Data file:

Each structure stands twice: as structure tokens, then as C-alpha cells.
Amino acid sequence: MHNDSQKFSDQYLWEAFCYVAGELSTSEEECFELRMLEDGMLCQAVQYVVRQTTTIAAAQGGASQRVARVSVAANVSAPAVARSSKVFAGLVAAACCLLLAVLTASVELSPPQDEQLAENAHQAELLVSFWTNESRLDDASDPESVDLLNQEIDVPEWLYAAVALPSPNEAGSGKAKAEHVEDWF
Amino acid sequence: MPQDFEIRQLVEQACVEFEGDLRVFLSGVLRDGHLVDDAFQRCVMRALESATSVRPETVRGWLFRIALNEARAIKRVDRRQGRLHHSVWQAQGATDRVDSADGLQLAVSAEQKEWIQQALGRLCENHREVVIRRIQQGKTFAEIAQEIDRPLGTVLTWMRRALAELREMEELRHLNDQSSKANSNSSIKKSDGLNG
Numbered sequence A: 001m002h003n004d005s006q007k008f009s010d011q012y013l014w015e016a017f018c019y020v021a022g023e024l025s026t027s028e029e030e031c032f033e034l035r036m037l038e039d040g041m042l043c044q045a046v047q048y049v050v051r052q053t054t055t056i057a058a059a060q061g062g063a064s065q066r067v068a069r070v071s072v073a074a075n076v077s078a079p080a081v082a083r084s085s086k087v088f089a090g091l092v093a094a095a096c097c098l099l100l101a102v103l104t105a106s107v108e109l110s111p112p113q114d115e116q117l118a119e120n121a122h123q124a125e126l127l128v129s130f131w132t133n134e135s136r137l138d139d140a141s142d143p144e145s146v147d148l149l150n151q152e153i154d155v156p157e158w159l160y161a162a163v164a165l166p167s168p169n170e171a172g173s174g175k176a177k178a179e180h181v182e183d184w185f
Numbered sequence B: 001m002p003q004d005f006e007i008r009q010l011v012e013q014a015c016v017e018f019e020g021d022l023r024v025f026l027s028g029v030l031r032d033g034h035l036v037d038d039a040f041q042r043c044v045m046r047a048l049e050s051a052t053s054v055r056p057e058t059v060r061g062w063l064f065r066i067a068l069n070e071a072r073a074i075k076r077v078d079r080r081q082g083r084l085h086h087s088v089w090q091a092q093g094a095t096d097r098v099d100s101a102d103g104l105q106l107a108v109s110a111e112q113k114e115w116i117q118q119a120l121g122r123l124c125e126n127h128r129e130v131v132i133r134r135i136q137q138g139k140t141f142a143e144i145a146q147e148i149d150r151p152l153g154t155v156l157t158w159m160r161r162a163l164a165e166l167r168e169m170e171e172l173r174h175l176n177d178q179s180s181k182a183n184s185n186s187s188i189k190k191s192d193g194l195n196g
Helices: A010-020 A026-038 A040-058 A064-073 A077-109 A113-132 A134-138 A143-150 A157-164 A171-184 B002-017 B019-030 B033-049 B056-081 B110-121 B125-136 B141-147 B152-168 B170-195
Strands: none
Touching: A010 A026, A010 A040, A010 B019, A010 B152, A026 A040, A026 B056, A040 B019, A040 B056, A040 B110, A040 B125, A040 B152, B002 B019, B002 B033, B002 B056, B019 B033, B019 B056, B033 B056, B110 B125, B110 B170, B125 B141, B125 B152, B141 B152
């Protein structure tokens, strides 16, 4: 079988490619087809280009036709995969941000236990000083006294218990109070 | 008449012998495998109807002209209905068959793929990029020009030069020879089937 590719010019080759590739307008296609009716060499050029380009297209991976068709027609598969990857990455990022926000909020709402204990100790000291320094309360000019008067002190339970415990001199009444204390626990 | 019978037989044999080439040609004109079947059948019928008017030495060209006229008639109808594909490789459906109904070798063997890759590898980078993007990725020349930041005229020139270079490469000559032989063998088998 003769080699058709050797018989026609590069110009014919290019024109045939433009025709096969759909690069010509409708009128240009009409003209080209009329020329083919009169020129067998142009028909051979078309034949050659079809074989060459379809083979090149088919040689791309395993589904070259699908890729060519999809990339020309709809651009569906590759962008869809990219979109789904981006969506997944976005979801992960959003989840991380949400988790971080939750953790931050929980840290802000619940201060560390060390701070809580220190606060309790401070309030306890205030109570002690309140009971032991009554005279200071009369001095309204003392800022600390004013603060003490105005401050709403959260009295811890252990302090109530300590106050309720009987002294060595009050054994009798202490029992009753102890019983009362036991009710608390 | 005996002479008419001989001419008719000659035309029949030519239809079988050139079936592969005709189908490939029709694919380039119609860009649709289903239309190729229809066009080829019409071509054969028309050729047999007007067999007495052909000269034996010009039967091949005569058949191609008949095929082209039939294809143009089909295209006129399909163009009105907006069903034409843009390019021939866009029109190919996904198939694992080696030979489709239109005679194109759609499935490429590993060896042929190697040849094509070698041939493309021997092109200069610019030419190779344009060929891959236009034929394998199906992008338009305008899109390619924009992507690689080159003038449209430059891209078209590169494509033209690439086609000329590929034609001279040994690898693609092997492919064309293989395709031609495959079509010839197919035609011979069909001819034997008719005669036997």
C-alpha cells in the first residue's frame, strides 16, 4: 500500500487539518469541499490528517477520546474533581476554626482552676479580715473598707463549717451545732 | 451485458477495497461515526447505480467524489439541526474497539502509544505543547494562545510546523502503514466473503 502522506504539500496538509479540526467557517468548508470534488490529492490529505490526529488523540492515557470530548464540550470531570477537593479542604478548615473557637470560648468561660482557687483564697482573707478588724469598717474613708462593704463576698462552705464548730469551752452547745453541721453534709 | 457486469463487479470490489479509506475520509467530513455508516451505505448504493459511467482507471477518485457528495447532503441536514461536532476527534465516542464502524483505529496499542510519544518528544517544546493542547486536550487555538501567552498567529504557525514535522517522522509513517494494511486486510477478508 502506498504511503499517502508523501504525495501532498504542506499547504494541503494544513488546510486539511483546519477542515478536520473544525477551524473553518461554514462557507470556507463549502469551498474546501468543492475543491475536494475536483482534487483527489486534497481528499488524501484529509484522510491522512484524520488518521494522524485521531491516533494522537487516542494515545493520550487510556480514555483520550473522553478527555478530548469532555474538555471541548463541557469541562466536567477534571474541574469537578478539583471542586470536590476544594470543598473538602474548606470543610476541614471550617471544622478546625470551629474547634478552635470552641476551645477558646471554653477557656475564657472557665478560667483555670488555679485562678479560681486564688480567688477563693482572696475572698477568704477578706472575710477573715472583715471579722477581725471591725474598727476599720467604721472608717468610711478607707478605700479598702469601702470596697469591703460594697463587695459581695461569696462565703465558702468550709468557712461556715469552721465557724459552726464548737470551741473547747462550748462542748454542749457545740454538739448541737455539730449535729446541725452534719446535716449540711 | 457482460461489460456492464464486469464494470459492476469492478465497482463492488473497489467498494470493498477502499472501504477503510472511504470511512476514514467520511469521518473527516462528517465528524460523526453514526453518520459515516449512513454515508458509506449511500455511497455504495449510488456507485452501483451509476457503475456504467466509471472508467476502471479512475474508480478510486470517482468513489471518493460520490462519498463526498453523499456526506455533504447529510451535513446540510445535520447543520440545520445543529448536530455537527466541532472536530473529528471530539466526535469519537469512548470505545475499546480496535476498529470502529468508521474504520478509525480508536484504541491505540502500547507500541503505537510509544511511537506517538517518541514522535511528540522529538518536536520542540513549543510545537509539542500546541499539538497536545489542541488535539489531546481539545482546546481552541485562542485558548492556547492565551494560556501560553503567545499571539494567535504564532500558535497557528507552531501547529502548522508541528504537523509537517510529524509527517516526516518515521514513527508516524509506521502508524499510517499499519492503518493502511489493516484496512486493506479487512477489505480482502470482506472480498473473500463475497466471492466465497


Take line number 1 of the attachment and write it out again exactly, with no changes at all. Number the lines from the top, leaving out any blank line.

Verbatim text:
Each structure stands twice: as structure tokens, then as C-alpha cells.